If there were a brick and mortar educational art institution called “The Boston School”, then Robert Douglas Hunter would surely be its Dean. As it is, the label Boston School is applied rather loosely to artists who have received much of their training from master painters whose techniques are derived from R.H. Ives Gammell’s adaptation of French atelier instruction. In this sense as well, Hunter has long been recognized as an informal “Dean” of the movement, adding his own particular signature to the Boston School emphasis on carefully planned compositions, accurate drawing, and a delight in the ability of light and shadow to create atmosphere in painting. He has personally taught well over forty students who are now accomplished full time professional artists, and in turn these students and their students have been responsible for training many others.
Born in Dorchester, Massachusetts in 1928, Hunter served in the Marines before graduating from the Vesper George School of Art in 1949. He studied with Henry Hensche, and then intensively with R.H. Ives Gammell from 1950 to 1955. Simultaneously in 1950 he began a teaching career at the Vesper George School of Art which lasted until the school closed in 1983. He also taught at the Worcester Art Museum from 1965 to 1975.
Hunter has won more than thirty regional and national prizes, including the first John Singleton Copley Award (1966), and fourteen Gold Medals at the annual exhibition of New England artists held by the Jordan Marsh Company, Boston. In recognition of his painting and teaching, he has won a Citation from the Governor of Massachusetts (1979). He was the first winner of the Copley Medallion (1988); and was the 1989 winner of the Guild of Boston Artists Award.
He was featured in a major article in American Artist magazine (September, 1990), and is listed in Who's Who in American Art, Prize Winning Art, and Who's Who in the East. In early 2001, the Cape Cod Museum of Art opened a new naturally lit gallery named in Hunter’s honor, and mounted a retrospective exhibition of his paintings in the new space.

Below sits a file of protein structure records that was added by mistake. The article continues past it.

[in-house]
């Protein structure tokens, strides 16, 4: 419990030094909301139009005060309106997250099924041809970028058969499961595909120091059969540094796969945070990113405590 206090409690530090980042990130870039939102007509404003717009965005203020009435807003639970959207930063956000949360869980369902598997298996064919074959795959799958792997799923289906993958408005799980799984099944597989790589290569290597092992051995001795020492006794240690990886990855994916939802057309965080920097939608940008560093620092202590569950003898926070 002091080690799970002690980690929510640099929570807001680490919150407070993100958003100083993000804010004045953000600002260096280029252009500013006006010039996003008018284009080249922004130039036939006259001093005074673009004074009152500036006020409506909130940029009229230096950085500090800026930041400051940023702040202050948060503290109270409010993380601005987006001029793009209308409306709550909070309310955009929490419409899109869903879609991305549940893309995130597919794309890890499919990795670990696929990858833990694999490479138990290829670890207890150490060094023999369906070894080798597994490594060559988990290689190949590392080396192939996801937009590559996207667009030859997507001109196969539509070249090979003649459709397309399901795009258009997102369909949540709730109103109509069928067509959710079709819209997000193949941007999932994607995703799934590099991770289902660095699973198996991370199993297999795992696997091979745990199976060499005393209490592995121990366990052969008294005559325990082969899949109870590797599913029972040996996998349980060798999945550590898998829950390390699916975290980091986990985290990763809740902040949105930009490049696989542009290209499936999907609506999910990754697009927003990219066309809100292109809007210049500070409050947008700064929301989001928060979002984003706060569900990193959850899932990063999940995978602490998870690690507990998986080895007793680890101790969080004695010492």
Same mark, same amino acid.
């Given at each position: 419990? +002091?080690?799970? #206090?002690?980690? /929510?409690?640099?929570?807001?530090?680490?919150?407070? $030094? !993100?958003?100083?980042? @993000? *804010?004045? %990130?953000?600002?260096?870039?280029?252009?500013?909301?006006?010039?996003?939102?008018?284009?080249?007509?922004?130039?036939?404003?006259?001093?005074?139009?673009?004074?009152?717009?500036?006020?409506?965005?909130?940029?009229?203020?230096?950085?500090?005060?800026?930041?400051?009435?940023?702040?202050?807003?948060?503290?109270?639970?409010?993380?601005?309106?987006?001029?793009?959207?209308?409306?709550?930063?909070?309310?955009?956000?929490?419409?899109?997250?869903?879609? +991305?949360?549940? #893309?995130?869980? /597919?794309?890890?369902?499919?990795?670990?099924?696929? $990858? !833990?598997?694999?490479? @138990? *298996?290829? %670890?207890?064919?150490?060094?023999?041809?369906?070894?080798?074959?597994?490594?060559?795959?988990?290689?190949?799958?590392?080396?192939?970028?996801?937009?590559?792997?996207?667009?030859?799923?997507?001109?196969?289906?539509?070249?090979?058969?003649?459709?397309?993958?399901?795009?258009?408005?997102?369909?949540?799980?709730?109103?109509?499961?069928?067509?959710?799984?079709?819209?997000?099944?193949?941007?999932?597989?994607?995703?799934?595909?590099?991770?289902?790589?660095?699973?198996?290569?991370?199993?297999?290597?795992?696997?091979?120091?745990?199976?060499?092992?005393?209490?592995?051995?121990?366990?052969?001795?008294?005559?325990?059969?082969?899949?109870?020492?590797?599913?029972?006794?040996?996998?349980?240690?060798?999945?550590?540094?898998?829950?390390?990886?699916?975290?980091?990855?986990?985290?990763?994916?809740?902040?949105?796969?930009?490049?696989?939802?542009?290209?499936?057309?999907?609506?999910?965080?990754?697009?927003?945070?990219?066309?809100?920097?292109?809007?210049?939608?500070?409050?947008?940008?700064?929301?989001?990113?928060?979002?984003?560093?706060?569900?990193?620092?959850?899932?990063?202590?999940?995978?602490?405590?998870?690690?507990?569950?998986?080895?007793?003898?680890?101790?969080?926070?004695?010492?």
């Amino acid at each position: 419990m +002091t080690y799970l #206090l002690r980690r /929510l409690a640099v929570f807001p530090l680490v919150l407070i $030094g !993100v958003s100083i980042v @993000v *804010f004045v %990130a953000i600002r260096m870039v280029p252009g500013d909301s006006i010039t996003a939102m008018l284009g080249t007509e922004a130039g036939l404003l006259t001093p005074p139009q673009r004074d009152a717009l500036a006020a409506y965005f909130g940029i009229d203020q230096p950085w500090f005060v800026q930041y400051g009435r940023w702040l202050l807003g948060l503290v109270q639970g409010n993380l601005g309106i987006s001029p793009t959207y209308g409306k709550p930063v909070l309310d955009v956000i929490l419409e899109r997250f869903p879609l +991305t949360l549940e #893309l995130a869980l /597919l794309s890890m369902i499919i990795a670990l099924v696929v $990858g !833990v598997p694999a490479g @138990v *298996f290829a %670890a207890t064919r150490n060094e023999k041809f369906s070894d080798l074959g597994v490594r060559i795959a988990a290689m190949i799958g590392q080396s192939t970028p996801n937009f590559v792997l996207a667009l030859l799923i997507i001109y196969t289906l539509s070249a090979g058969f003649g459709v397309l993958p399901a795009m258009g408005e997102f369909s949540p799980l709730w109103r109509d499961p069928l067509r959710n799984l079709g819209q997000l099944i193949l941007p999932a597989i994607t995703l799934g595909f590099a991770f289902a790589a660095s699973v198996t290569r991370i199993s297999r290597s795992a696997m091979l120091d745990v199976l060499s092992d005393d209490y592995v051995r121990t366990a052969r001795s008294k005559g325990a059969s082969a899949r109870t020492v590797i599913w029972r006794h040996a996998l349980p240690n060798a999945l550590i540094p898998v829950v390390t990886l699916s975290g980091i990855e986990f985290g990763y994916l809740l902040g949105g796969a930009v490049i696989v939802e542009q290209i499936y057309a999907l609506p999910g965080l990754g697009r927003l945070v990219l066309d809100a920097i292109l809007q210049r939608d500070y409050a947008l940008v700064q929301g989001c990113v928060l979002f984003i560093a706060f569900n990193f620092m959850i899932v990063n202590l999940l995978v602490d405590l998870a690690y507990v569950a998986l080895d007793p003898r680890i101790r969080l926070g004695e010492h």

A member of the Copley Society of Boston, the Guild of Boston Artists, the Provincetown Art Association, and the Allied Artists of America, Hunter has paintings in the collections of the Ackland Art Museum, Chapel Hill, N.C.; the Chrysler Art Museum, Norfolk, Virginia; the Maryhill Museum in Goldendale, Washington, (Solo Exhibition, 1988); The Michelson Museum of Art, Marshall, Texas; and the Southern Alleghenies Museum of Art, Loretto, Pennsylvania. His work is also in collections at Harvard University, Northeastern University, Phillips Andover Academy, Tufts University, and in numerous private and corporate collections including the New England Life Insurance Company and the John Hancock Insurance Company.
|Biography from The Copley Society of Boston:|
Robert Douglas Hunter was born in Boston in 1928, and has lived in Massachusetts all his life. He enrolled at Vesper George School of Art in Boston after his discharge from the Marine Corps and graduated with honors in 1949. During the summers of 1949 and 1950, Hunter studied painting with Henry Hensche at the Cape Cod School of Art in Provincetown. It was there that he met R.H. Ives Gammell, who then maintained a summer studio in Provincetown and with whom Hunter studied from 1950 to 1955.
Hunter was himself an instructor at the Vesper George School of Art from 1950 until its closing in 1983. He was also on the teaching staff of the Worcester Art Museum from 1965 to 1975, and he has taught privately for over 40 years. Hunter was also instrumental in the continuation of the Gammell teaching studio after the artist's death.
A member of many professional organizations including the Copley Society of Boston, the Guild of Boston Artists, and the Provincetown Art Association, Hunter has won numerous awards for his work. In 1979, Hunter received a citation from the Governor of Massachusetts in recognition of his many years of painting in Provincetown an Boston and his contribution to the education of youth.
His work can be found in numerous public, museum and corporate collections including the Chrysler Museum, Virginia; Harvard University; Phillips Academy, Andover, MA; the Boston Archdiocese; Maryhill Museum of Art, Goldendale, WA.
In early 2001, a gallery was dedicated in Hunter's honor at the Cape Museum of Fine Arts, Dennis, MA. Hunter now lives and works in Walpole, MA. His wife of more than 30 years, Elizabeth Ives Hunter, is the author of a biography of R.H. Ives Gammell, soon to be released. Hunter has three children.